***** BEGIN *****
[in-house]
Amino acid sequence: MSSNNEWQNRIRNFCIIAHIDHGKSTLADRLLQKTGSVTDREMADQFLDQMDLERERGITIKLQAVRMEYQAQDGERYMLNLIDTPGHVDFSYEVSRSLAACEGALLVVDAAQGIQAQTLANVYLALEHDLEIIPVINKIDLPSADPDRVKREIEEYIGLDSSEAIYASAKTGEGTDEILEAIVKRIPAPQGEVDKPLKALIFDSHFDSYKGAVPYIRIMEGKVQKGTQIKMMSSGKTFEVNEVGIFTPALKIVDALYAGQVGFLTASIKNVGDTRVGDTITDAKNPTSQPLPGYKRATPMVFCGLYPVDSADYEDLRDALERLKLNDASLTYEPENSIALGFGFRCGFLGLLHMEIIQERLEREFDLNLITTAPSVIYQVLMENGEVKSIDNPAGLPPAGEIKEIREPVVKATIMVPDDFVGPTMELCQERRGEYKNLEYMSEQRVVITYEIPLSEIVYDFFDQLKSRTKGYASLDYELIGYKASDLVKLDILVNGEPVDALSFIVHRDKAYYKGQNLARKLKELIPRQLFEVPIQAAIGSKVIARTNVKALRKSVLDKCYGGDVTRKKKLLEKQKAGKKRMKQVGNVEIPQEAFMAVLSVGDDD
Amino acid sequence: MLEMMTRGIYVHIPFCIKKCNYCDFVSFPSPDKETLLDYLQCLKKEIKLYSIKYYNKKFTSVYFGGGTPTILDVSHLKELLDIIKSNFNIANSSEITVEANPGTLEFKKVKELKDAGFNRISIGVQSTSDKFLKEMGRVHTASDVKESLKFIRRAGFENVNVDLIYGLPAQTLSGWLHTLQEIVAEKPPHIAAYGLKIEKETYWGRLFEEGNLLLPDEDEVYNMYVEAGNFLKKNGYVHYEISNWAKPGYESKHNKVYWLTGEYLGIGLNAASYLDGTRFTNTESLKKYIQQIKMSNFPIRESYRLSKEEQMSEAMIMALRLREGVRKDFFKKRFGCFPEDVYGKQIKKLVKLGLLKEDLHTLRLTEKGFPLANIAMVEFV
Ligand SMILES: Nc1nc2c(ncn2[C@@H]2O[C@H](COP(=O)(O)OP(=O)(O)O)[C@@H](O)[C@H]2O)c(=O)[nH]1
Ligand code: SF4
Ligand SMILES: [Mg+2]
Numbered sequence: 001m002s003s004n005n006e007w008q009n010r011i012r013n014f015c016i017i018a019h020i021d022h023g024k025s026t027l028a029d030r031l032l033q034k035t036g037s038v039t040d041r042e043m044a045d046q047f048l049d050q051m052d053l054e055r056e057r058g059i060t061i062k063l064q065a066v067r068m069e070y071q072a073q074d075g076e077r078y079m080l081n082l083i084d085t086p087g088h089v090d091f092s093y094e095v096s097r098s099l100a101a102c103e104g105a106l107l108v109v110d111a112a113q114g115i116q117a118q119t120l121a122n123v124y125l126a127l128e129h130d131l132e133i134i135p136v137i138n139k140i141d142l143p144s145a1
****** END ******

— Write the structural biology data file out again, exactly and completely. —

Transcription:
[in-house]
Amino acid sequence: MSSNNEWQNRIRNFCIIAHIDHGKSTLADRLLQKTGSVTDREMADQFLDQMDLERERGITIKLQAVRMEYQAQDGERYMLNLIDTPGHVDFSYEVSRSLAACEGALLVVDAAQGIQAQTLANVYLALEHDLEIIPVINKIDLPSADPDRVKREIEEYIGLDSSEAIYASAKTGEGTDEILEAIVKRIPAPQGEVDKPLKALIFDSHFDSYKGAVPYIRIMEGKVQKGTQIKMMSSGKTFEVNEVGIFTPALKIVDALYAGQVGFLTASIKNVGDTRVGDTITDAKNPTSQPLPGYKRATPMVFCGLYPVDSADYEDLRDALERLKLNDASLTYEPENSIALGFGFRCGFLGLLHMEIIQERLEREFDLNLITTAPSVIYQVLMENGEVKSIDNPAGLPPAGEIKEIREPVVKATIMVPDDFVGPTMELCQERRGEYKNLEYMSEQRVVITYEIPLSEIVYDFFDQLKSRTKGYASLDYELIGYKASDLVKLDILVNGEPVDALSFIVHRDKAYYKGQNLARKLKELIPRQLFEVPIQAAIGSKVIARTNVKALRKSVLDKCYGGDVTRKKKLLEKQKAGKKRMKQVGNVEIPQEAFMAVLSVGDDD
Amino acid sequence: MLEMMTRGIYVHIPFCIKKCNYCDFVSFPSPDKETLLDYLQCLKKEIKLYSIKYYNKKFTSVYFGGGTPTILDVSHLKELLDIIKSNFNIANSSEITVEANPGTLEFKKVKELKDAGFNRISIGVQSTSDKFLKEMGRVHTASDVKESLKFIRRAGFENVNVDLIYGLPAQTLSGWLHTLQEIVAEKPPHIAAYGLKIEKETYWGRLFEEGNLLLPDEDEVYNMYVEAGNFLKKNGYVHYEISNWAKPGYESKHNKVYWLTGEYLGIGLNAASYLDGTRFTNTESLKKYIQQIKMSNFPIRESYRLSKEEQMSEAMIMALRLREGVRKDFFKKRFGCFPEDVYGKQIKKLVKLGLLKEDLHTLRLTEKGFPLANIAMVEFV
Ligand SMILES: Nc1nc2c(ncn2[C@@H]2O[C@H](COP(=O)(O)OP(=O)(O)O)[C@@H](O)[C@H]2O)c(=O)[nH]1
Ligand code: SF4
Ligand SMILES: [Mg+2]
Numbered sequence: 001m002s003s004n005n006e007w008q009n010r011i012r013n014f015c016i017i018a019h020i021d022h023g024k025s026t027l028a029d030r031l032l033q034k035t036g037s038v039t040d041r042e043m044a045d046q047f048l049d050q051m052d053l054e055r056e057r058g059i060t061i062k063l064q065a066v067r068m069e070y071q072a073q074d075g076e077r078y079m080l081n082l083i084d085t086p087g088h089v090d091f092s093y094e095v096s097r098s099l100a101a102c103e104g105a106l107l108v109v110d111a112a113q114g115i116q117a118q119t120l121a122n123v124y125l126a127l128e129h130d131l132e133i134i135p136v137i138n139k140i141d142l143p144s145a1